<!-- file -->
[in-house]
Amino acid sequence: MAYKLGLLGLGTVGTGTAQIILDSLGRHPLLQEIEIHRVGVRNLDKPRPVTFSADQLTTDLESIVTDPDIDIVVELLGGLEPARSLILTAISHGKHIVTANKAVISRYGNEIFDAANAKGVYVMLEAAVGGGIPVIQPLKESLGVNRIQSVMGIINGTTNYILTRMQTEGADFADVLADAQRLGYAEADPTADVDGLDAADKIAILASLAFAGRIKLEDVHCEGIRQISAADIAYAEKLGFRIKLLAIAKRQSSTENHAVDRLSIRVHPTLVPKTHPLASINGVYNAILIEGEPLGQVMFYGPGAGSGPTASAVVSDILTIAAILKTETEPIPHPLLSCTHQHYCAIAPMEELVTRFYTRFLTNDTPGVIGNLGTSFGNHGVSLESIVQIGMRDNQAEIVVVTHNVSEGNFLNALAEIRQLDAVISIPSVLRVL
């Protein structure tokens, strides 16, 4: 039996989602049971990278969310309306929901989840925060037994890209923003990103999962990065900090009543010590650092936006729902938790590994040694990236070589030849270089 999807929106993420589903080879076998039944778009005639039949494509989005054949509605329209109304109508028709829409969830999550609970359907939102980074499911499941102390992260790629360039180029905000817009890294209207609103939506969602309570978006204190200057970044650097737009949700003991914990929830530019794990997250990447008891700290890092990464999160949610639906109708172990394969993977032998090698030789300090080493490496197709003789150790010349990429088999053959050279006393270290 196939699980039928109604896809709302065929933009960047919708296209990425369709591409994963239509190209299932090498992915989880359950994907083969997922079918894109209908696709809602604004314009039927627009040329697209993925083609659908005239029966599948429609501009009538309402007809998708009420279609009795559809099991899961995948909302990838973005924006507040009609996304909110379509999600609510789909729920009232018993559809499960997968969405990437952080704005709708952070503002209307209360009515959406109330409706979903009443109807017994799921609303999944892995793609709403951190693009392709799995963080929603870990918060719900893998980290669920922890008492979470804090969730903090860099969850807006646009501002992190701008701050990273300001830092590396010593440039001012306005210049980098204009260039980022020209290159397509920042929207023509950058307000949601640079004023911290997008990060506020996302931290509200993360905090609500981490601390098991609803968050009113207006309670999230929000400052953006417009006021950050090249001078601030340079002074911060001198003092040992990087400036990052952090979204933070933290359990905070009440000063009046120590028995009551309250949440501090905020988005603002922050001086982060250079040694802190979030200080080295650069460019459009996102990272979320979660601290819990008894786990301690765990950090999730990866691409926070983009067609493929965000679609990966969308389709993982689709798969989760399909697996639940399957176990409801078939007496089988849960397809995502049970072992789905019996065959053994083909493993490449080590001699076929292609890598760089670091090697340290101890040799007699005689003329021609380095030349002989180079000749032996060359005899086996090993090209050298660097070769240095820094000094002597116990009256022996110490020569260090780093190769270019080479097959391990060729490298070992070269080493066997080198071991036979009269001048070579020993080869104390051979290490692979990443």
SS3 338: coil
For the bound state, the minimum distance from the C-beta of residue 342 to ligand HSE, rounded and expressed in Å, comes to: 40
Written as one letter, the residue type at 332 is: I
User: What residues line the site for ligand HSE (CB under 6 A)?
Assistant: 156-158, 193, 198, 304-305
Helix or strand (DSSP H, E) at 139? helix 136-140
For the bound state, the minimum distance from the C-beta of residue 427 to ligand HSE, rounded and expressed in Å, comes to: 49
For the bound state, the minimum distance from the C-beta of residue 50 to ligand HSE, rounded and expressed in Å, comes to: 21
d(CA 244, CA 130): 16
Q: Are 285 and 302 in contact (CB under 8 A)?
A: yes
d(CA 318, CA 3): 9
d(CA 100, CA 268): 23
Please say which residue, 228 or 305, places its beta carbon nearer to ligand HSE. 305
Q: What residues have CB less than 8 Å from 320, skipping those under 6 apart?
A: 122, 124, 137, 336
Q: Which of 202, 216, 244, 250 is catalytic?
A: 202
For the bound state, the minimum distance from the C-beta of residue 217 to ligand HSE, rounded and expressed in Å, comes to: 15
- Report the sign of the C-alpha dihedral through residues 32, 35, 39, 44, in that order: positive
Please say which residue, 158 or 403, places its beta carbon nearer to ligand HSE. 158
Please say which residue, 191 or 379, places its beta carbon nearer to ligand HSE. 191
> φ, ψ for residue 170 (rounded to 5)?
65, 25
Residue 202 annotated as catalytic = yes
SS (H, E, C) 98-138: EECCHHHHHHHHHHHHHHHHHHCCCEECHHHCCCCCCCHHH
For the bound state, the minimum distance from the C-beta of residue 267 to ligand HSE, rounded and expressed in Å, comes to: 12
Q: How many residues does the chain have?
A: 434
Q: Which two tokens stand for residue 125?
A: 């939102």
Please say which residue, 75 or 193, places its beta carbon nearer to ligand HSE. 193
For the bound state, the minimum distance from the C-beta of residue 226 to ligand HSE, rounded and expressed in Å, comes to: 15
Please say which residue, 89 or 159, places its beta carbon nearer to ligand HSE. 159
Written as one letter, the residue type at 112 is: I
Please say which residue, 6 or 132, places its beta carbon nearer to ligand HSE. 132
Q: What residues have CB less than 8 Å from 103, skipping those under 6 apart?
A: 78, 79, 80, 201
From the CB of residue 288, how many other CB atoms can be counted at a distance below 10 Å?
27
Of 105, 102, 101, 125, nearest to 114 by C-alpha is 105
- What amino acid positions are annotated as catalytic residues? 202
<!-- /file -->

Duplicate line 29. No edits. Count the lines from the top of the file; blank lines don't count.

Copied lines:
SS (H, E, C) 98-138: EECCHHHHHHHHHHHHHHHHHHCCCEECHHHCCCCCCCHHH